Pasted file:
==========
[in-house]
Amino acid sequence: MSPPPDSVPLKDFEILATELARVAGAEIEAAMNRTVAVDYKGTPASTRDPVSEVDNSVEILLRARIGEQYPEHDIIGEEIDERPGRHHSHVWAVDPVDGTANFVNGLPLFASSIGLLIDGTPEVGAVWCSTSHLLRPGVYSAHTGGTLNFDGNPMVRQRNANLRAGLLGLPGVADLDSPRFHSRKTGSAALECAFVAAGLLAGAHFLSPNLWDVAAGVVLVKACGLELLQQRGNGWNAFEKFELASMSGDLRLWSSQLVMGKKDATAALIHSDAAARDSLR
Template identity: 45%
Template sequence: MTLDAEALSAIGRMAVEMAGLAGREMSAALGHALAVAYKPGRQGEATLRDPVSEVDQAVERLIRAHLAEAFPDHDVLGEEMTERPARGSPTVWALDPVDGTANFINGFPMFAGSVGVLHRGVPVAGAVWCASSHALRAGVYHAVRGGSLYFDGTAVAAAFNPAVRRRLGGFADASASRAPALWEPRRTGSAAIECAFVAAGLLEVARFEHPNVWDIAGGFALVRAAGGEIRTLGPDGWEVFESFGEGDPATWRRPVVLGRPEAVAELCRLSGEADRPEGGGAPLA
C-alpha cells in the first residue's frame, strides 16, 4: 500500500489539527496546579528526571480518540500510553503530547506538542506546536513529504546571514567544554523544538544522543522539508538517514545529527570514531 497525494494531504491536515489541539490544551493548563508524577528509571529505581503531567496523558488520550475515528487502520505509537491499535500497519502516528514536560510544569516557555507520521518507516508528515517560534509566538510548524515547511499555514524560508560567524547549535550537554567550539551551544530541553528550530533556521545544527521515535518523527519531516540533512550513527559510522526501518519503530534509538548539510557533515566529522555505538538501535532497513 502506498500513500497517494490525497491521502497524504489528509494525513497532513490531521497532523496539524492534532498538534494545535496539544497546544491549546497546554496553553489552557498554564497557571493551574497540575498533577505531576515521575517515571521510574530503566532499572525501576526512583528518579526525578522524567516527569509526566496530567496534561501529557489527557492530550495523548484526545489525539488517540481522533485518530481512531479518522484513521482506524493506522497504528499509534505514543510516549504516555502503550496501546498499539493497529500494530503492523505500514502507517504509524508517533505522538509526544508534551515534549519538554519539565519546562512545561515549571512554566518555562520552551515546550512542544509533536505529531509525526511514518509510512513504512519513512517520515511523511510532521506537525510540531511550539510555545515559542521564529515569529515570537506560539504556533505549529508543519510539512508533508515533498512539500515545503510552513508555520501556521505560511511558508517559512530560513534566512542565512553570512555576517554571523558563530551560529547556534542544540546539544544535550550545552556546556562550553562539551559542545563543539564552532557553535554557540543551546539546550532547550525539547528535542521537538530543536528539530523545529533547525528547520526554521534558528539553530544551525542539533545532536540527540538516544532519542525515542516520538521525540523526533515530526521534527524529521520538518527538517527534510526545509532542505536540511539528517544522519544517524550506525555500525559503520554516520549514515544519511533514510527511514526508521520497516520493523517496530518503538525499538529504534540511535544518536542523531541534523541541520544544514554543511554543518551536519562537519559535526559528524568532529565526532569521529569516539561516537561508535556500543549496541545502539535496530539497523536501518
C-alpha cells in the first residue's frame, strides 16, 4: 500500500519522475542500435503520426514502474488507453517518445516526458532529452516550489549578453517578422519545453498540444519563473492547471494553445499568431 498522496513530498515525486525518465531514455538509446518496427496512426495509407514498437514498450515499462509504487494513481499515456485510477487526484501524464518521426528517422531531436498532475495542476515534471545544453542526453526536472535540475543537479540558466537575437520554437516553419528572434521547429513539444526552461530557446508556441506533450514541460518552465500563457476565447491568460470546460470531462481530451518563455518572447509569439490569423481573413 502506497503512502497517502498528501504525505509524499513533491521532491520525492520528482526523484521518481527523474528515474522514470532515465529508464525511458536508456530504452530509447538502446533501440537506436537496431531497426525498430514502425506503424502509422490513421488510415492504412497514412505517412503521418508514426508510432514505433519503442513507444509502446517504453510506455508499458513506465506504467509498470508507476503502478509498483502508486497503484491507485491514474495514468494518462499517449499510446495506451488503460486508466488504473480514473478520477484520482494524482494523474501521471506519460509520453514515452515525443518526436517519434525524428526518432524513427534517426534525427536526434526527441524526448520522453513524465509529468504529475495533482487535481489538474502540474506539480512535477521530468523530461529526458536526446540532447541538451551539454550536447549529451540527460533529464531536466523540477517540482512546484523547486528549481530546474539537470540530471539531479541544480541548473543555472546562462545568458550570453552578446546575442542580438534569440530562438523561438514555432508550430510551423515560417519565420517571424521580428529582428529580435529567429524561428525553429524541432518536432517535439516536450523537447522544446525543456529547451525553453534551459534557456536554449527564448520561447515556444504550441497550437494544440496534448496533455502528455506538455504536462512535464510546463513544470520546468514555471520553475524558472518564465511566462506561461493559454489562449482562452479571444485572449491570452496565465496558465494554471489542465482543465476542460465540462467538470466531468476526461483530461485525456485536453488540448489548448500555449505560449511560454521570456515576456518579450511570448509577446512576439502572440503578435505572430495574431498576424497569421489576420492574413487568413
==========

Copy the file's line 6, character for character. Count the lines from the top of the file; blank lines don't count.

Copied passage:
C-alpha cells in the first residue's frame, strides 16, 4: 500500500519522475542500435503520426514502474488507453517518445516526458532529452516550489549578453517578422519545453498540444519563473492547471494553445499568431 498522496513530498515525486525518465531514455538509446518496427496512426495509407514498437514498450515499462509504487494513481499515456485510477487526484501524464518521426528517422531531436498532475495542476515534471545544453542526453526536472535540475543537479540558466537575437520554437516553419528572434521547429513539444526552461530557446508556441506533450514541460518552465500563457476565447491568460470546460470531462481530451518563455518572447509569439490569423481573413 502506497503512502497517502498528501504525505509524499513533491521532491520525492520528482526523484521518481527523474528515474522514470532515465529508464525511458536508456530504452530509447538502446533501440537506436537496431531497426525498430514502425506503424502509422490513421488510415492504412497514412505517412503521418508514426508510432514505433519503442513507444509502446517504453510506455508499458513506465506504467509498470508507476503502478509498483502508486497503484491507485491514474495514468494518462499517449499510446495506451488503460486508466488504473480514473478520477484520482494524482494523474501521471506519460509520453514515452515525443518526436517519434525524428526518432524513427534517426534525427536526434526527441524526448520522453513524465509529468504529475495533482487535481489538474502540474506539480512535477521530468523530461529526458536526446540532447541538451551539454550536447549529451540527460533529464531536466523540477517540482512546484523547486528549481530546474539537470540530471539531479541544480541548473543555472546562462545568458550570453552578446546575442542580438534569440530562438523561438514555432508550430510551423515560417519565420517571424521580428529582428529580435529567429524561428525553429524541432518536432517535439516536450523537447522544446525543456529547451525553453534551459534557456536554449527564448520561447515556444504550441497550437494544440496534448496533455502528455506538455504536462512535464510546463513544470520546468514555471520553475524558472518564465511566462506561461493559454489562449482562452479571444485572449491570452496565465496558465494554471489542465482543465476542460465540462467538470466531468476526461483530461485525456485536453488540448489548448500555449505560449511560454521570456515576456518579450511570448509577446512576439502572440503578435505572430495574431498576424497569421489576420492574413487568413